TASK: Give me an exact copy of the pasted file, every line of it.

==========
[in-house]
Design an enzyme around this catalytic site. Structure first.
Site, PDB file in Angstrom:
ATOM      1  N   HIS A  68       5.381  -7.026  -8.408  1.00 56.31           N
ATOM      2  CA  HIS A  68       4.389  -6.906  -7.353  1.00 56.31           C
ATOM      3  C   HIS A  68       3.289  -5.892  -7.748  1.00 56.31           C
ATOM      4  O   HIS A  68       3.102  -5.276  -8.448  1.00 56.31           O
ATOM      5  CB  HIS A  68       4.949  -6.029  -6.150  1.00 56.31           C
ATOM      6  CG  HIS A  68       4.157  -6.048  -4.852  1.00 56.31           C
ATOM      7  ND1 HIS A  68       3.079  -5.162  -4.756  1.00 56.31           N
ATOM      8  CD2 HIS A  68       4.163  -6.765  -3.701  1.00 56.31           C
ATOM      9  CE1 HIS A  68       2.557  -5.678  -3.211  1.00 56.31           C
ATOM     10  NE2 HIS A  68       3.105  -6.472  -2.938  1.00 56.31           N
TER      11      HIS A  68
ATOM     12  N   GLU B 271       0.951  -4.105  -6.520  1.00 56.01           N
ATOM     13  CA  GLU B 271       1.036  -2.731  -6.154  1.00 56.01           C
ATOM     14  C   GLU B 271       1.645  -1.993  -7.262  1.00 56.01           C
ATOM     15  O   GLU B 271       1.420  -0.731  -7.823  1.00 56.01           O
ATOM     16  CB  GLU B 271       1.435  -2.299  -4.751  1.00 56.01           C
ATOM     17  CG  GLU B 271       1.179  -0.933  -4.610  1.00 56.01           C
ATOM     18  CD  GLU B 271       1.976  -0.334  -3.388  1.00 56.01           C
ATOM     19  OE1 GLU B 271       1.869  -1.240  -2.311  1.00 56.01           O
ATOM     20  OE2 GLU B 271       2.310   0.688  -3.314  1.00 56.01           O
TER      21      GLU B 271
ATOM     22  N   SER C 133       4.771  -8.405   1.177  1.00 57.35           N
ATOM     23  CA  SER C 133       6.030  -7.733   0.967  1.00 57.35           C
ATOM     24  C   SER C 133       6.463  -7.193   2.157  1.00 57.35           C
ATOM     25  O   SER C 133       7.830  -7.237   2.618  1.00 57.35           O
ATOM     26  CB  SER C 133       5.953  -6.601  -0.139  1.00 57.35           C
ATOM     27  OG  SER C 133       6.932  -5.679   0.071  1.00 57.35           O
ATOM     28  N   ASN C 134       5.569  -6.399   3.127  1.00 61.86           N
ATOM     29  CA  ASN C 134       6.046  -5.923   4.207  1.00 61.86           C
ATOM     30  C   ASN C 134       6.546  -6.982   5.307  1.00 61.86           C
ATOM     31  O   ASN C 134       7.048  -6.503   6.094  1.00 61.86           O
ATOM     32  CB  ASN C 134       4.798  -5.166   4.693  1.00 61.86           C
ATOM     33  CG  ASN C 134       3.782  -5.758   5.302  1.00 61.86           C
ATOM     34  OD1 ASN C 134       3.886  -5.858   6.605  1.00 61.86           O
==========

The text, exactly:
[in-house]
Design an enzyme around this catalytic site. Structure first.
Site, PDB file in Angstrom:
ATOM      1  N   HIS A  68       5.381  -7.026  -8.408  1.00 56.31           N
ATOM      2  CA  HIS A  68       4.389  -6.906  -7.353  1.00 56.31           C
ATOM      3  C   HIS A  68       3.289  -5.892  -7.748  1.00 56.31           C
ATOM      4  O   HIS A  68       3.102  -5.276  -8.448  1.00 56.31           O
ATOM      5  CB  HIS A  68       4.949  -6.029  -6.150  1.00 56.31           C
ATOM      6  CG  HIS A  68       4.157  -6.048  -4.852  1.00 56.31           C
ATOM      7  ND1 HIS A  68       3.079  -5.162  -4.756  1.00 56.31           N
ATOM      8  CD2 HIS A  68       4.163  -6.765  -3.701  1.00 56.31           C
ATOM      9  CE1 HIS A  68       2.557  -5.678  -3.211  1.00 56.31           C
ATOM     10  NE2 HIS A  68       3.105  -6.472  -2.938  1.00 56.31           N
TER      11      HIS A  68
ATOM     12  N   GLU B 271       0.951  -4.105  -6.520  1.00 56.01           N
ATOM     13  CA  GLU B 271       1.036  -2.731  -6.154  1.00 56.01           C
ATOM     14  C   GLU B 271       1.645  -1.993  -7.262  1.00 56.01           C
ATOM     15  O   GLU B 271       1.420  -0.731  -7.823  1.00 56.01           O
ATOM     16  CB  GLU B 271       1.435  -2.299  -4.751  1.00 56.01           C
ATOM     17  CG  GLU B 271       1.179  -0.933  -4.610  1.00 56.01           C
ATOM     18  CD  GLU B 271       1.976  -0.334  -3.388  1.00 56.01           C
ATOM     19  OE1 GLU B 271       1.869  -1.240  -2.311  1.00 56.01           O
ATOM     20  OE2 GLU B 271       2.310   0.688  -3.314  1.00 56.01           O
TER      21      GLU B 271
ATOM     22  N   SER C 133       4.771  -8.405   1.177  1.00 57.35           N
ATOM     23  CA  SER C 133       6.030  -7.733   0.967  1.00 57.35           C
ATOM     24  C   SER C 133       6.463  -7.193   2.157  1.00 57.35           C
ATOM     25  O   SER C 133       7.830  -7.237   2.618  1.00 57.35           O
ATOM     26  CB  SER C 133       5.953  -6.601  -0.139  1.00 57.35           C
ATOM     27  OG  SER C 133       6.932  -5.679   0.071  1.00 57.35           O
ATOM     28  N   ASN C 134       5.569  -6.399   3.127  1.00 61.86           N
ATOM     29  CA  ASN C 134       6.046  -5.923   4.207  1.00 61.86           C
ATOM     30  C   ASN C 134       6.546  -6.982   5.307  1.00 61.86           C
ATOM     31  O   ASN C 134       7.048  -6.503   6.094  1.00 61.86           O
ATOM     32  CB  ASN C 134       4.798  -5.166   4.693  1.00 61.86           C
ATOM     33  CG  ASN C 134       3.782  -5.758   5.302  1.00 61.86           C
ATOM     34  OD1 ASN C 134       3.886  -5.858   6.605  1.00 61.86           O